Author Contributions

Conceptualization, C.M. (Claire Michelet), D.Z., C.H., P.C., G.D., C.M., R.W., D.L., and E.M.; data curation, D.Z., C.H., E.B., P.C., C.M., R.W., R.J., J.R., F.G., A.E.H., A.D., L.-E.H.-B., L.S., and E.M.; formal analysis, C.M. (Claire Michelet), D.Z., C.H., E.B., P.C., C.M. (Cécile Militon), R.W., R.J., J.R., F.G., A.E.H., A.D., L.-E.H.-B., L.S., and E.M.; funding acqui-sition, D.Z., P.C., G.D., R.W., F.G., L.-E.H.-B., and E.M.; investigation, C.M. (Claire Michelet), D.Z., C.H., E.B., and E.M.; methodology, C.M. (Claire Michelet), D.Z., C.H., E.B., P.C., G.D., C.M. (Cécile Militon), R.W., D.L., R.J., J.R., F.G., A.E.H., A.D., L.-E.H.-B., I.B., L.S., B.V., and E.M.; pro-ject administration, P.C., G.D., R.W., and E.M.; resources, C.M. (Claire Michelet), D.Z., C.H., E.B., P.C., C.M. (Cécile Militon), R.W., R.J., J.R., F.G., A.E.H., A.D., L.-E.H.-B., L.S., and E.M.; software, C.M. (Claire Michelet), C.H., and R.W.; supervision, D.Z. and E.M.; validation, C.M. (Claire Michelet), D.Z., C.H., E.B., P.C., G.D., C.M. (Cécile Militon), R.W., D.L., R.J., L.-E.H.-B., and E.M.; visualization, C.M. (Claire Michelet), D.Z., C.H., and E.M.; writing—original draft, C.M. (Claire Michelet), D.Z., C.H., E.B., R.W., and E.M.; writing—review and editing, C.M. (Claire Michelet), D.Z., C.H., E.B., P.C., G.D., C.M. (Cécile Militon), R.W., D.L., R.J., J.R., F.G., A.E.H., A.D., L.-E.H.-B., I.B., L.S., B.V., and E.M. All authors have read and agreed to the published version of the manuscript.


This research was funded by Office de l’Eau de la Guyane (OEG), Office français de la biodiversité (OFB), “Investissements d’Avenir” grant managed by Agence Nationale de la Recherche (Ceba, ref. ANR-10-LABX-25-01). A.E.H and L.E.H.B were supported by the AXA Research Fund grant and by the FEDER grant number 1166-39417.

Institutional Review Board Statement

Not applicable.

Informed Consent Statement

Not applicable.

Data Availability Statement

The data presented in this study are openly available in [doi:10.5281/zenodo.4592299]. The R scripts used in this study are also openly available in (accessed on 8 January 2021).


The authors thank the team of LEEISA (A. Gardel, S. Morvan, T. Maury) for their help during the sampling cruise. We thank J. Devesa (LEMAR) for CHN analysis and F. Fromard for constructive discussions at the early stage of the project. We thank « Guyane SIG—Plateforme Territoriale » for providing the DEM used in this study.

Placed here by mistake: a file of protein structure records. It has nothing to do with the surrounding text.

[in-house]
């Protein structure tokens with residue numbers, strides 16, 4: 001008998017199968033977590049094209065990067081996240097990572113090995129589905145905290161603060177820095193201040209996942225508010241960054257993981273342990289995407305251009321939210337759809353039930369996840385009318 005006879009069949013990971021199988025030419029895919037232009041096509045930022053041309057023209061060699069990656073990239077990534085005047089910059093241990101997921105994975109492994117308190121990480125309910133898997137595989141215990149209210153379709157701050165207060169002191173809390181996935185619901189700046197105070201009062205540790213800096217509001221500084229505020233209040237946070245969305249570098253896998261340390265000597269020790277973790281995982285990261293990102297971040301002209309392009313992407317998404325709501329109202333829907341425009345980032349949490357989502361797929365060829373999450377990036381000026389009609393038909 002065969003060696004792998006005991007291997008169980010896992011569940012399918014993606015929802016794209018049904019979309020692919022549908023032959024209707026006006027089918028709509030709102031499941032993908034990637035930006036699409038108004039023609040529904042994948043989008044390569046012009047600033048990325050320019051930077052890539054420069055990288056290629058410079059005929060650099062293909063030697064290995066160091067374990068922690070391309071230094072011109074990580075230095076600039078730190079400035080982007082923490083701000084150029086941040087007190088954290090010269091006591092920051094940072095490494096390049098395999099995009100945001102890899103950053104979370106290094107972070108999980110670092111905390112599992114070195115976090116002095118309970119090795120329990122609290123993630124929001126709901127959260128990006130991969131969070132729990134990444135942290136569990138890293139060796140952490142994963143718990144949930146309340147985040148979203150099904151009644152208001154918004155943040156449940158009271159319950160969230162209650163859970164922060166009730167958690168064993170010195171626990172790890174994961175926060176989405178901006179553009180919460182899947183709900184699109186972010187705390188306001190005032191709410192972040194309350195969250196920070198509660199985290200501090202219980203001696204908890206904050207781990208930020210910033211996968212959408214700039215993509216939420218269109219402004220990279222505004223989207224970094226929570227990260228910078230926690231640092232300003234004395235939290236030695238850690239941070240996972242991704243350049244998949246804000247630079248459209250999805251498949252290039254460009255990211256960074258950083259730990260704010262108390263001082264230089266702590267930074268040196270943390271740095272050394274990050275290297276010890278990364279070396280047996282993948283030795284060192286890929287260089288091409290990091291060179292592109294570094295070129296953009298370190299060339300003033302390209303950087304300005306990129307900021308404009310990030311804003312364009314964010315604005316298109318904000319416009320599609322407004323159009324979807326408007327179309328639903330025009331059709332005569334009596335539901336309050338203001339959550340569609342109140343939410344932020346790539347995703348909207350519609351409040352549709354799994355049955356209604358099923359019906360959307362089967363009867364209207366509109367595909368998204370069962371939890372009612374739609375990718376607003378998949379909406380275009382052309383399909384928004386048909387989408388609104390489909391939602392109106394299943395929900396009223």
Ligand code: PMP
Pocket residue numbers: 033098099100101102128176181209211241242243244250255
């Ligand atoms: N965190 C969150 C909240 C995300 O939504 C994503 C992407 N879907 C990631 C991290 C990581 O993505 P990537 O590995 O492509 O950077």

Conflicts of Interest

The authors declare no conflict of interest. The funders had no role in the design of the study; in the collection, analyses, or interpretation of data; in the writing of the manuscript, or in the decision to publish the results.


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Figure 1. Study area and location of sampled stations. The study area was situated in the vicinity of the Cayenne estuary, in Atlantic Ocean, French Guiana (South America). The map in this Figure was generated by ArcGIS 10.5 software package (ESRI, Redlands, CA, USA,, accessed on 28 January 2021). The satellite image (Sentinel 2B acquired on 2 June 2018) was provided by the European Space Agency—ESA. The mangrove cover was mapped by photo-interpretation and manual digitizing.
Figure 1. Study area and location of sampled stations. The study area was situated in the vicinity of the Cayenne estuary, in Atlantic Ocean, French Guiana (South America). The map in this Figure was generated by ArcGIS 10.5 software package (ESRI, Redlands, CA, USA,, accessed on 28 January 2021). The satellite image (Sentinel 2B acquired on 2 June 2018) was provided by the European Space Agency—ESA. The mangrove cover was mapped by photo-interpretation and manual digitizing.
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Figure 2. Multiple Factor Analysis (MFA; A) and Between Class Analysis (BCA; B: stations distribution and C: variables distribution) with the cos² threshold of 0.4: Distribution of physical, chemical, and biological parameters at each station (purple: Physico-chemical parameters; black: Organic contaminants and metals; red: Prokaryotic biomass; green: Organic matter; blue: Pigments). BCA-ratio: Part of total inertia explained by the sampling sites.
Figure 2. Multiple Factor Analysis (MFA; A) and Between Class Analysis (BCA; B: stations distribution and C: variables distribution) with the cos² threshold of 0.4: Distribution of physical, chemical, and biological parameters at each station (purple: Physico-chemical parameters; black: Organic contaminants and metals; red: Prokaryotic biomass; green: Organic matter; blue: Pigments). BCA-ratio: Part of total inertia explained by the sampling sites.
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Figure 3. Averaged density (individuals per 10cm2 ± SD) and biomass (µgC per 10cm2 ± SD) of the overall benthic meiofauna community over the sedimentary column (20 cm depth) between the three cores of each station (station 1, 2, 3) (mean ± SD; n = 3).
Figure 3. Averaged density (individuals per 10cm2 ± SD) and biomass (µgC per 10cm2 ± SD) of the overall benthic meiofauna community over the sedimentary column (20 cm depth) between the three cores of each station (station 1, 2, 3) (mean ± SD; n = 3).